Participants also completed measures of the Big Five personality traits, and of moral disengagement, which means the degree to which one is prone to “forgiving or justifying inhumane behavior in certain situations.” Agreeableness and conscientiousness were associated with moral alignment, so that people high in these traits were more likely to choose good rather than evil characters, and vice versa for those low in these traits. Higher levels of moral disengagement were also associated with greater preferences for evil rather than good, and chaotic rather than lawful characters. Agreeableness is associated with prosocial traits, such as kindness, cooperativeness, and consideration for others. Conscientiousness is associated with self-discipline, self-restraint of one’s impulses, and following rules. Hence, it is not surprising that these traits would be associated with a preference for good rather than evil characters. However, I would have thought that conscientiousness in particular would be associated with a preference for lawful rather than chaotic characters, but they were unrelated. Furthermore, women were more likely than men to choose moral (i.e. good rather than evil) and ethical (lawful rather than chaotic) alignments. Differences between men and women in moral and to a lesser extent ethical alignment were accounted for by men in the study being more morally disengaged than women. The authors suggested that people are generally unlikely to deviate too far from their off-line characteristics.

Wikimedia commons
Heroic fantasies are hardly a new phenomenon
Source: Wikimedia commons

Fantasy role-playing games like this allow a person to enter an imaginary magical world where they can have adventures and assume identities that are not possible in real life. Hence, a person could adopt an evil identity if they want to, without fear of actually harming others. However, relatively few people choose to do so, and those who do tend to be disagreeable in nature. Further support for this comes from a study examining the occupations people chose in fantasy role playing games and how these were related to their personality traits (Park & Henley, 2007). One of the findings was that agreeableness was positively associated with preferences for playing a monk, paladin, cleric, or druid—all religious/helping occupations—and negatively associated with preferences for playing an assassin or necromancer—occupations focused on death, and that are considered malicious. This study also found gender differences in moral alignments. Specifically, the majority of females (64.9%) preferred good characters, while only 3.9% of them preferred evil ones, with the remainder neutral. In contrast, most males wanted their character to be neutral (51.9%), while 12.7% preferred evil, with the remainder good. Additionally, males were more likely than females to accept deviant occupations and races (e.g. necromancers and orcs). I found this interesting, because men tend to have higher levels of antisocial personality traits, such as the dark triad of narcissism, psychopathy, and Machiavellianism, and this might be reflected in their greater willingness to play dark, malicious characters.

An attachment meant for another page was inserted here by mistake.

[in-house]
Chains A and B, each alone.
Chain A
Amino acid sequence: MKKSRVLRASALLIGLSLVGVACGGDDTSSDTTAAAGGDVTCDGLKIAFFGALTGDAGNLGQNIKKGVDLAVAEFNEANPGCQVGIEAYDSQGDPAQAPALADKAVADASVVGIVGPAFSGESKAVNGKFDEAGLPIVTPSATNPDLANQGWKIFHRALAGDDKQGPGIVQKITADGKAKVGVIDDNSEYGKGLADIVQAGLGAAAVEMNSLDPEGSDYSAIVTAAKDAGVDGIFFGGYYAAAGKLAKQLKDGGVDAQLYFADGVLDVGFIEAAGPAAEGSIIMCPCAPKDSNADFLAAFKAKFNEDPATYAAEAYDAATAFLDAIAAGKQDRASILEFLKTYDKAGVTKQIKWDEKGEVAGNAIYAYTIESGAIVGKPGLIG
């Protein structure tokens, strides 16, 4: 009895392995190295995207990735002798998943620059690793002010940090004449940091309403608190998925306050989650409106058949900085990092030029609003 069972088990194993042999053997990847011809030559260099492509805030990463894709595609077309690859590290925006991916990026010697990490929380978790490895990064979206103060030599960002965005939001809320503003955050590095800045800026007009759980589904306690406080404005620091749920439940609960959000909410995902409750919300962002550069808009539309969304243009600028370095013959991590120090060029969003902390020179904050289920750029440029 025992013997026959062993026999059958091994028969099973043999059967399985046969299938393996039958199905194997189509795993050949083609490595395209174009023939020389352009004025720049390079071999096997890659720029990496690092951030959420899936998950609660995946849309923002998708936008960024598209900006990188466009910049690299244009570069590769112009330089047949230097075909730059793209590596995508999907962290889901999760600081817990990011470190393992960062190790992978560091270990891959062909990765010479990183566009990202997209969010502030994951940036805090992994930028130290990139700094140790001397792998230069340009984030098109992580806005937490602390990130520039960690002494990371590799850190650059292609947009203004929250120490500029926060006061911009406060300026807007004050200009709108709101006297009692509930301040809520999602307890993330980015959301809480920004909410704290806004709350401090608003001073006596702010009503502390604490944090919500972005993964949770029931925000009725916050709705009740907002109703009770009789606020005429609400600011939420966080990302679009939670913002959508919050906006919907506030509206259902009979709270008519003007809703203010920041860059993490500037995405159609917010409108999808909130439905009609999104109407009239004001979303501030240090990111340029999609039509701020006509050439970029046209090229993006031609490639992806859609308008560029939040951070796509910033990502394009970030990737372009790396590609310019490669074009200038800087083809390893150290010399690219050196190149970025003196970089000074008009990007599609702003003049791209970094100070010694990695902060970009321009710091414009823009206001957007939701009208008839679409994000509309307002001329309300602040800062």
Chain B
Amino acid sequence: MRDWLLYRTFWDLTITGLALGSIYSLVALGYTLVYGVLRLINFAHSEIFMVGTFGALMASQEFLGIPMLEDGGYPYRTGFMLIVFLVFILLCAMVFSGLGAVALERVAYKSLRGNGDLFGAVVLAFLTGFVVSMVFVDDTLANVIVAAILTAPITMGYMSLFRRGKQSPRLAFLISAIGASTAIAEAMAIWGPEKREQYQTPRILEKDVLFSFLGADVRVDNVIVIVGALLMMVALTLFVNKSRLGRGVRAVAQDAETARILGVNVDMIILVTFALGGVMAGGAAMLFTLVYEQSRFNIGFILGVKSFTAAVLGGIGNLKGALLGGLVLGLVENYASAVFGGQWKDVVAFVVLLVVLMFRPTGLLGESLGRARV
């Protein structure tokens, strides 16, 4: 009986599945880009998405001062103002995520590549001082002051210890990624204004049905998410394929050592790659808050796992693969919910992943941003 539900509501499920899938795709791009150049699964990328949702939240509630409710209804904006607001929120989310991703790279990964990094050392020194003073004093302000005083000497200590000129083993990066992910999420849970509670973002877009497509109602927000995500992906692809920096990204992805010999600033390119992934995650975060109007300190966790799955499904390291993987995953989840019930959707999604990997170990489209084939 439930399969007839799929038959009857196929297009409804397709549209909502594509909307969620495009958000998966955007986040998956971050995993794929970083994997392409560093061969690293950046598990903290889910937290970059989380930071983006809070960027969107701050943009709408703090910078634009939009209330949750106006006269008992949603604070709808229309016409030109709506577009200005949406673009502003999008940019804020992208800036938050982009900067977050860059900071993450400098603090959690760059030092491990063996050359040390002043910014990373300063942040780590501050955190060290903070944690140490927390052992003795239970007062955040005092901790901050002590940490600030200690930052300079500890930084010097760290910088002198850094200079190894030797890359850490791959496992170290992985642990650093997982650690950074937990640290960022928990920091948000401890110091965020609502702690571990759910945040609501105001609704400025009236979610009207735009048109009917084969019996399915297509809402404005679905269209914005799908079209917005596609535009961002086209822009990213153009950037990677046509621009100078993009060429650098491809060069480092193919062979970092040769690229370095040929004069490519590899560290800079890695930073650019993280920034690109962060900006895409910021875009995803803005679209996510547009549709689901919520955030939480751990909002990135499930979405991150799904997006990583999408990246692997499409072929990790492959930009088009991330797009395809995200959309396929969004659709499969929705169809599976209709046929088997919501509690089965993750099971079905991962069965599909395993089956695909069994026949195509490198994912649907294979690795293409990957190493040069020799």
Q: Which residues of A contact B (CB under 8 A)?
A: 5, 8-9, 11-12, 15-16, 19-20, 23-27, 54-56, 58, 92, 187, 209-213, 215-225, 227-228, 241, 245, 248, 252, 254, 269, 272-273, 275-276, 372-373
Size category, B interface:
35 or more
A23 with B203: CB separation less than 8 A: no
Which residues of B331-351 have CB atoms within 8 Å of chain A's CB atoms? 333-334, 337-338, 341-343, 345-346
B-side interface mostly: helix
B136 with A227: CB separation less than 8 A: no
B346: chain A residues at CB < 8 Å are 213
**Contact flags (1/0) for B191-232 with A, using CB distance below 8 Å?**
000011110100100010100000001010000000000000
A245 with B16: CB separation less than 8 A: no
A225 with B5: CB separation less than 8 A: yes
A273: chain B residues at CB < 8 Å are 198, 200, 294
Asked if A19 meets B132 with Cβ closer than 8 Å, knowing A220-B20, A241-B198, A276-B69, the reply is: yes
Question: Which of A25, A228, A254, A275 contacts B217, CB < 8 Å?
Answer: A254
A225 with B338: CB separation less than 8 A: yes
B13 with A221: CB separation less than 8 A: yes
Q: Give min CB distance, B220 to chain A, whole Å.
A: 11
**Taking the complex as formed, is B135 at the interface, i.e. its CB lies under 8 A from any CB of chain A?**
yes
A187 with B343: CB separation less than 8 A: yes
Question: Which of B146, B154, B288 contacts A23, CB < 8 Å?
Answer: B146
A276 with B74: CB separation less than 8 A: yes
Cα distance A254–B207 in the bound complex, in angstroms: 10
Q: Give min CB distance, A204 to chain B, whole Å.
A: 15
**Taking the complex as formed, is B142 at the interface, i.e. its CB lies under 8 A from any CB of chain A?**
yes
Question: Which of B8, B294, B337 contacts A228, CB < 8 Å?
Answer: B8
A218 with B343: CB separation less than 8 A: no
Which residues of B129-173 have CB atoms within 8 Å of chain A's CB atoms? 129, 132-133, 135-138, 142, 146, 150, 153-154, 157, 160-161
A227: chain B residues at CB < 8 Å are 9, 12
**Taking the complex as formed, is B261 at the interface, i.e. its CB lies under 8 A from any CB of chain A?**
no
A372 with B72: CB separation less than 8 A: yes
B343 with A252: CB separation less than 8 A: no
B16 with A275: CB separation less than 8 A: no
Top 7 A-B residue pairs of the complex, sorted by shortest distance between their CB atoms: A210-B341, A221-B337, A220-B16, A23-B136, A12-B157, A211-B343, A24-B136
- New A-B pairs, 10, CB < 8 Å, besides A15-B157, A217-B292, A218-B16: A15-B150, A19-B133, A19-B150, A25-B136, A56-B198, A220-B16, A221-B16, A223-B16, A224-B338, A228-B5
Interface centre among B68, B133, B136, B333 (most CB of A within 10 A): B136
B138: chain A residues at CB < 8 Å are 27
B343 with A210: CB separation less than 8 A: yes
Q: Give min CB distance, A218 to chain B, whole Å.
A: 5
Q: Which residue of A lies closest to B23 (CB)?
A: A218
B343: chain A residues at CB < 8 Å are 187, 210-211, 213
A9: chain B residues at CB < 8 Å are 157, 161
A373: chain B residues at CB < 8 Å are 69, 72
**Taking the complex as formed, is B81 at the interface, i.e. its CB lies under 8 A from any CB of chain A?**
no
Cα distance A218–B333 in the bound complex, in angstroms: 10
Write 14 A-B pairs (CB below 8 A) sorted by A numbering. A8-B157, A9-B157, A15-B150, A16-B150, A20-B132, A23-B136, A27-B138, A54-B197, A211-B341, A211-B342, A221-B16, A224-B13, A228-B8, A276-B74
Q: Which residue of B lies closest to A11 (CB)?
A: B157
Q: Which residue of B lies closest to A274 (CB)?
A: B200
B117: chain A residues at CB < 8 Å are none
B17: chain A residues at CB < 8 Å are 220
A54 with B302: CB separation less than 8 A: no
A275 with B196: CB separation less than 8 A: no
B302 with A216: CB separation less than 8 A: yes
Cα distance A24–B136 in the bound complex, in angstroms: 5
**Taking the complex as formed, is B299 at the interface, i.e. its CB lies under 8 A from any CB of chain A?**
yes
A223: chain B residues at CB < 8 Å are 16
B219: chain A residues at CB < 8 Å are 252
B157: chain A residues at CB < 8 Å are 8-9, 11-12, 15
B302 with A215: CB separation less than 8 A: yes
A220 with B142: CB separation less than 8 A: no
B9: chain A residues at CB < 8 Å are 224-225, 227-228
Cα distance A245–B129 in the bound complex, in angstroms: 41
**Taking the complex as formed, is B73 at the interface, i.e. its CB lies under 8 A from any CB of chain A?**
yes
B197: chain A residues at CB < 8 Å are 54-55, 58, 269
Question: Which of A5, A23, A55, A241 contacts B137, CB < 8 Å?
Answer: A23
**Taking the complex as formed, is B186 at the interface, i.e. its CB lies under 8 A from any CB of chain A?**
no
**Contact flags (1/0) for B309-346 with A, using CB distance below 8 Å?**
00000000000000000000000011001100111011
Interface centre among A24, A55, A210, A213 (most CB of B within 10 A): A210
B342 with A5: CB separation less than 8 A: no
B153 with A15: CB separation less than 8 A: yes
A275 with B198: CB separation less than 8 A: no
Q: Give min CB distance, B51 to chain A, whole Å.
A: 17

These two studies suggest that a person’s preference for adopting a good or evil identity in a fantasy game may be influenced by their personality traits and moral values to some extent. Perhaps this is because of the psychological similarities between purely symbolic actions, such as those taking place in a fantasy world, and real ones. Hence, agreeable people might be reluctant to play evil characters because of the psychological similarities to actual evil. Disagreeable people might embrace such characters for the same reason.

Another example of an instance where a person’s symbolic actions reflects features of their personality is illustrated in a series of studies using “voodoo” dolls (DeWall et al., 2013). In several studies, participants were told that a doll represented someone close to them, such as their current partner, and that they could release any “negative energy” that they experienced during the study by sticking pins into the doll. (The dolls were never actually described to participants using the word “voodoo” however, and it was never implied that they had actual magical powers.) Participants were also assessed on various measures of aggression in each study, including proneness to physical aggression and violence, as well as behavioral aggression, depending on the particular study. A consistent finding in the studies was that willingness to use the doll, and the number of pins inserted were positively correlated with measures of aggression.